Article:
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Modern Plumbing Has Eradicated Many Diseases


Most people believe that diseases were conquered by vaccines and modern medicine, but that is not entirely true. Any Houston plumber knows that the real heroes in the battle against a host of afflictions were clean water and effective sewage systems. While medicines are far more glamorous and receive all the accolades, accessible modern plumbing effectively removed the breeding grounds for illnesses like polio, cholera, and typhoid. These diseases, and many others that breed in fecal matter, could actually be grouped together as no-plumbing diseases.

Even today, some countries are finally convincing their citizens that the habits of the past, such as open defecation in rural areas, are to blame for widespread outbreaks of diseases that are relatively uncommon if not totally eliminated in other countries.

Some Asian nations have caught on and mounted aggressive education campaigns to discourage open defecation. Along with the new knowledge came government-funded water filters, toilets, and inexpensive toilet kits for people to make their own latrines in their homes.

India is in the middle of a campaign to modernize ideas and provide facilities for its people. Millions of homes are without toilets, so the common practice is to go into the woods or a field to defecate. This was considered undignified for women, who were forced to wait until after dark, to “cross their legs” or “go to the back,” as they refer to relieving themselves. This practice left them susceptible to attacks and rape when they were in the dark and vulnerable. Some people said that under the hot sun, the smell from the fields was overwhelming.

Due in large part to India’s size, the ongoing task of providing toilets for every household is monumental. Vaccination programs are far more successful in reaching the masses, but without modern plumbing, many diseases are still being caught and spread by open defecation. These specific ailments begin a vicious cycle that is spurred on because they cause rampant outbreaks of diarrhea. This exacerbates the problem because it pollutes the water table. In some areas, rivers and other sources of water are used as toilets or become contaminated by the runoff from nearby fields and forests.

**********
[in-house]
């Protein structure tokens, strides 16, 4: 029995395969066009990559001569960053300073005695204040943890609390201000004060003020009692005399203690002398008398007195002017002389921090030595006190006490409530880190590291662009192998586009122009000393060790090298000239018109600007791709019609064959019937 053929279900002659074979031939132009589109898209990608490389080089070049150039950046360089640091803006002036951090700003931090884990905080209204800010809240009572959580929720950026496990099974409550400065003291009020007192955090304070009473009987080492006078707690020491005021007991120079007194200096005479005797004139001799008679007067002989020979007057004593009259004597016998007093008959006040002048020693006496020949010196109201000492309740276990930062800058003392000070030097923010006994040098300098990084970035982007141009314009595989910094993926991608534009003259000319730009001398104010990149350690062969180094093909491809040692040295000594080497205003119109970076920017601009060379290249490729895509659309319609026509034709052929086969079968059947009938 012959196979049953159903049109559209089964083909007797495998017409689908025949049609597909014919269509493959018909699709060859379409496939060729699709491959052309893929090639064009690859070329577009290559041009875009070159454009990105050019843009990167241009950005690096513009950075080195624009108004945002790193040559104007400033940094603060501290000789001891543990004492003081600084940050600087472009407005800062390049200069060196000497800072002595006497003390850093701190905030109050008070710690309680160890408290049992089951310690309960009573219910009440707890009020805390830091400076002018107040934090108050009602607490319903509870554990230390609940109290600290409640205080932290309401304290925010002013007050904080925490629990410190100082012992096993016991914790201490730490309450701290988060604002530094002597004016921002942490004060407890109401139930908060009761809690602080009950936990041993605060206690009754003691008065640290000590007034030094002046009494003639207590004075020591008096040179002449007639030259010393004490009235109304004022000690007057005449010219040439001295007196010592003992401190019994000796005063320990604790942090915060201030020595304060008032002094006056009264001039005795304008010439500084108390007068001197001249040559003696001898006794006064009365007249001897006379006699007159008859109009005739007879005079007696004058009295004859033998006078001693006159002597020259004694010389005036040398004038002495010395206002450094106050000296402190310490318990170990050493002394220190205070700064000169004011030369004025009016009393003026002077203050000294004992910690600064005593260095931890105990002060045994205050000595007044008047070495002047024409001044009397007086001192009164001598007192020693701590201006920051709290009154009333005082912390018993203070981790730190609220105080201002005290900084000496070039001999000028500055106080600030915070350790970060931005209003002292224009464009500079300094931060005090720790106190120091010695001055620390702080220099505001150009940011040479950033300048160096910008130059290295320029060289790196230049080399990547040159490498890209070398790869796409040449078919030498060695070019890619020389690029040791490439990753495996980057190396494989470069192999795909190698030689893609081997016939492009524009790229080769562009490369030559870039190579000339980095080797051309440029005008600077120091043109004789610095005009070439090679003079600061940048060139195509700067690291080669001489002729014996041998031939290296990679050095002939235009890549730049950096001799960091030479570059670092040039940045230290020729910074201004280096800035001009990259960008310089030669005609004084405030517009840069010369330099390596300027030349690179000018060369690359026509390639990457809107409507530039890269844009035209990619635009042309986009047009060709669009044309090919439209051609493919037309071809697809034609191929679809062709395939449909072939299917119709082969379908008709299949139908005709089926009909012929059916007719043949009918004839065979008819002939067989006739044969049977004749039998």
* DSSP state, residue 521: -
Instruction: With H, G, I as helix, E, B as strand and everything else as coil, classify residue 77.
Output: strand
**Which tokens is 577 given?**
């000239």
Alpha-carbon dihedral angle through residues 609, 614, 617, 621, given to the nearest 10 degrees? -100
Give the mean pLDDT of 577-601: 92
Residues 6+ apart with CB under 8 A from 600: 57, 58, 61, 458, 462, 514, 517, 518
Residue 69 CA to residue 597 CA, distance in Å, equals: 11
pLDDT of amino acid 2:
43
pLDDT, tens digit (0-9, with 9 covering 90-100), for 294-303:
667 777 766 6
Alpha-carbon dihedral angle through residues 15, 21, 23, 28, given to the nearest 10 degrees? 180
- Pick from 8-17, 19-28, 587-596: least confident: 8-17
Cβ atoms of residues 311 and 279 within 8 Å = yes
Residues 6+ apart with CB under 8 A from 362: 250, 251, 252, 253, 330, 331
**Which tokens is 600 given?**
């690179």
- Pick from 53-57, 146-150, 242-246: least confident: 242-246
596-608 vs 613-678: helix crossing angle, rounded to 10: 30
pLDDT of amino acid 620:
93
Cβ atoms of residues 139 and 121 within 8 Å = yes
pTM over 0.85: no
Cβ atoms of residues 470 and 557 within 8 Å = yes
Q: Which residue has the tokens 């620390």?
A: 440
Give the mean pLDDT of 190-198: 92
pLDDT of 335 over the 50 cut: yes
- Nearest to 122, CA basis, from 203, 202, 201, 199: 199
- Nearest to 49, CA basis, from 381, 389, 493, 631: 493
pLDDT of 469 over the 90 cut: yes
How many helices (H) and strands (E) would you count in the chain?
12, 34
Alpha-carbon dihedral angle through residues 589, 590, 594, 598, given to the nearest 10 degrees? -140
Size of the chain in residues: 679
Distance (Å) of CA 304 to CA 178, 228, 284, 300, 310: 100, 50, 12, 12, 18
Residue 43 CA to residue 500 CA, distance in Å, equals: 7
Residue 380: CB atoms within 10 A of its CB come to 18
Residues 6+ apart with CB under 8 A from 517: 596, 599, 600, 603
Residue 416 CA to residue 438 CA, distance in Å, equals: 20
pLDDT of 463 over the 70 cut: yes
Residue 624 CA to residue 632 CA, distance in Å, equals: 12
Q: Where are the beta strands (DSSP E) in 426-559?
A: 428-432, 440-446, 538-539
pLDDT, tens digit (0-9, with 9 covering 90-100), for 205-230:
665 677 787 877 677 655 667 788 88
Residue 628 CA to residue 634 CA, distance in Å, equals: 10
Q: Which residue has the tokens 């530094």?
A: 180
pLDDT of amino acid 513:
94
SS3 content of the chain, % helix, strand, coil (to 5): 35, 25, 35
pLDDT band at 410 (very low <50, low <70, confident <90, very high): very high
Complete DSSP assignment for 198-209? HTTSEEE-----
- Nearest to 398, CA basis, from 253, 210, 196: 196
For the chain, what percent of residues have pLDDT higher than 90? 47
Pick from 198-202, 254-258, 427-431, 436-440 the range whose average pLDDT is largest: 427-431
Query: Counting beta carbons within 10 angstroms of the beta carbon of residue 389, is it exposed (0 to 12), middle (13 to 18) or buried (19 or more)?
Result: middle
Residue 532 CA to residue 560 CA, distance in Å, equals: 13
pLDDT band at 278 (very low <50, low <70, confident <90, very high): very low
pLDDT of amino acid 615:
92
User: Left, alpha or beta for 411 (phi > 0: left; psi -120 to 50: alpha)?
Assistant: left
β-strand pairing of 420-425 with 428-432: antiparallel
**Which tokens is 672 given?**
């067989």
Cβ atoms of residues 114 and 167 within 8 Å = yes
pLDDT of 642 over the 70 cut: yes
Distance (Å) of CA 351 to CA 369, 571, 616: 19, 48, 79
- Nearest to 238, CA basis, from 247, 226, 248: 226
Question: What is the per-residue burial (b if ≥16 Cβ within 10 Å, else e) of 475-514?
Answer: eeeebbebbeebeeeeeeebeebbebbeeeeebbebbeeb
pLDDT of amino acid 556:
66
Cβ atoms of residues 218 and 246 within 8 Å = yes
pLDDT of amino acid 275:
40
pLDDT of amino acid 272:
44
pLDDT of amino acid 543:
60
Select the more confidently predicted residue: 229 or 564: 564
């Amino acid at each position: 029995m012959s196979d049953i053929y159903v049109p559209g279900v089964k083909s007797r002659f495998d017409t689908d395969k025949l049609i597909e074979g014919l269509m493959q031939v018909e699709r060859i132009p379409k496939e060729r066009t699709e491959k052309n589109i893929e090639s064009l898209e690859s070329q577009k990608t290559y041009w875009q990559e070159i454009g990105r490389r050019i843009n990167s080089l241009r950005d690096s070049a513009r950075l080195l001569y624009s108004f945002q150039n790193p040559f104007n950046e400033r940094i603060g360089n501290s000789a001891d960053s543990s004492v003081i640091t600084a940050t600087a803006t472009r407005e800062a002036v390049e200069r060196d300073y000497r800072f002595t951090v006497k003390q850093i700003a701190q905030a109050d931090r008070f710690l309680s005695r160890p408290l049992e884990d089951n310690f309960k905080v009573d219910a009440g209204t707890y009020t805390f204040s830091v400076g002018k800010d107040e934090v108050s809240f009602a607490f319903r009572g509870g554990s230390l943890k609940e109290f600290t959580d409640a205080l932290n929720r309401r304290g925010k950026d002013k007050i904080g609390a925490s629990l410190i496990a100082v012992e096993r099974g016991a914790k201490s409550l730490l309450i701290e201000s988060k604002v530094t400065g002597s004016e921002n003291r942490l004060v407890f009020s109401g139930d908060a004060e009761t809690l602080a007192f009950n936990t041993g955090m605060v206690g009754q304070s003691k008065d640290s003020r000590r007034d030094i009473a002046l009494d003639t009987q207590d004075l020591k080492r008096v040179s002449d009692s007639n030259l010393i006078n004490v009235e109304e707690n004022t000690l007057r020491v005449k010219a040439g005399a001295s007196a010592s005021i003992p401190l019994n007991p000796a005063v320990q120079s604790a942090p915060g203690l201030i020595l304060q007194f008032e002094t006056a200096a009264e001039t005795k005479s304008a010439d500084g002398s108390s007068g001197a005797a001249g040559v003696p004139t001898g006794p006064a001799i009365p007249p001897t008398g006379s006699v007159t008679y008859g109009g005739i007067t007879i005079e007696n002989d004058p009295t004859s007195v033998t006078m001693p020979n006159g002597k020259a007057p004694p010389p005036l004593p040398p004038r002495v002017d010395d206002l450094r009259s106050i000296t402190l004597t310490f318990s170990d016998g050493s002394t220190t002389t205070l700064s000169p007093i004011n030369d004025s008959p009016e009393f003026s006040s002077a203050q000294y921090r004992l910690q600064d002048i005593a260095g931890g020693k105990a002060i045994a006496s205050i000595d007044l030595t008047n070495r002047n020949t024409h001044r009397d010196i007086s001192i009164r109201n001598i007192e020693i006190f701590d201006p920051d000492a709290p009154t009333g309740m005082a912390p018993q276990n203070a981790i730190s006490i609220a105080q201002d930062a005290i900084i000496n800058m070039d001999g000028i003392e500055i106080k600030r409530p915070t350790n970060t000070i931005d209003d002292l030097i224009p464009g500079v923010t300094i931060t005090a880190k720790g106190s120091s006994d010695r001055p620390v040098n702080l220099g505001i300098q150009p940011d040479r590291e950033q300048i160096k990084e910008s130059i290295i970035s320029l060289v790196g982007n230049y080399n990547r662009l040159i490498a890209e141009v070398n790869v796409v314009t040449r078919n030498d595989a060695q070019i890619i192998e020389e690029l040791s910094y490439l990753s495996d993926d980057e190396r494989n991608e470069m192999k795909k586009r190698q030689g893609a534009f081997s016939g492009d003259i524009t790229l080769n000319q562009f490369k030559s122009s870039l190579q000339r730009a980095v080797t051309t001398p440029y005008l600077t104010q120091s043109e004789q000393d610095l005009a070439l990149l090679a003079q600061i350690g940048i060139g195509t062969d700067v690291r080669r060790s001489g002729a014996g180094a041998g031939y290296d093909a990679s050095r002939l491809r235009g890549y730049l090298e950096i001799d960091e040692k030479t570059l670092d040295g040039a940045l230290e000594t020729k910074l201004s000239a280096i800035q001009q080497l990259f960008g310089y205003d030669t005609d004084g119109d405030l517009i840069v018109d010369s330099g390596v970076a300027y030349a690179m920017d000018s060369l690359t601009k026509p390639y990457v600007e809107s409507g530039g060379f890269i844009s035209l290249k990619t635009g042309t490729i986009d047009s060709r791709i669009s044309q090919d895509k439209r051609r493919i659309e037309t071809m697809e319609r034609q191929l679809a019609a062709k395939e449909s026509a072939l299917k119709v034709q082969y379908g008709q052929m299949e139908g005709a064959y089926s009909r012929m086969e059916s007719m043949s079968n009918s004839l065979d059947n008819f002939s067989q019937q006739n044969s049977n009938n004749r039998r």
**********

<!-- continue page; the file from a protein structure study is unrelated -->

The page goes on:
Even in the United States, plumbing that is not in perfect working order can cause such maladies as Legionnaires’ disease, giardia, and afflictions related to mold spores. That is why it is critical to schedule a water heater or Houston shower pan repair if your system is not operating perfectly. The threat of these diseases is most serious in densely populated cities, remote rural communities, and impoverished areas.

India may have seen a dramatic drop in polio thanks to widespread immunization programs, but those numbers do not include portions of the country where sanitary facilities for defecation and the removal of the waste are non-existent. Outbreaks in those areas are often unreported. Until the entire country is effectively dealing with the problem, typhoid, cholera, and polio will continue to be spread through poor sanitation and long-established cultural habits.

The problem is monumental, and the statistics are staggering. Some 780 million Indians do not have a toilet, and 96 million have no access to clean drinking water. Just the simple process of burying the waste left in the fields by open defecation would improve the situation somewhat.

We have become so accustomed to the luxury of modern plumbing in the U.S. that we take it for granted. While big pharma may hog the glory for the reduction of diseases in many modern countries, their vaccines would be far less effective without a sanitary means of transporting and disposing of waste. Plumbers are the unsung heroes. Their daily labors effectively reduce the opportunities for diseases to breed and spread.

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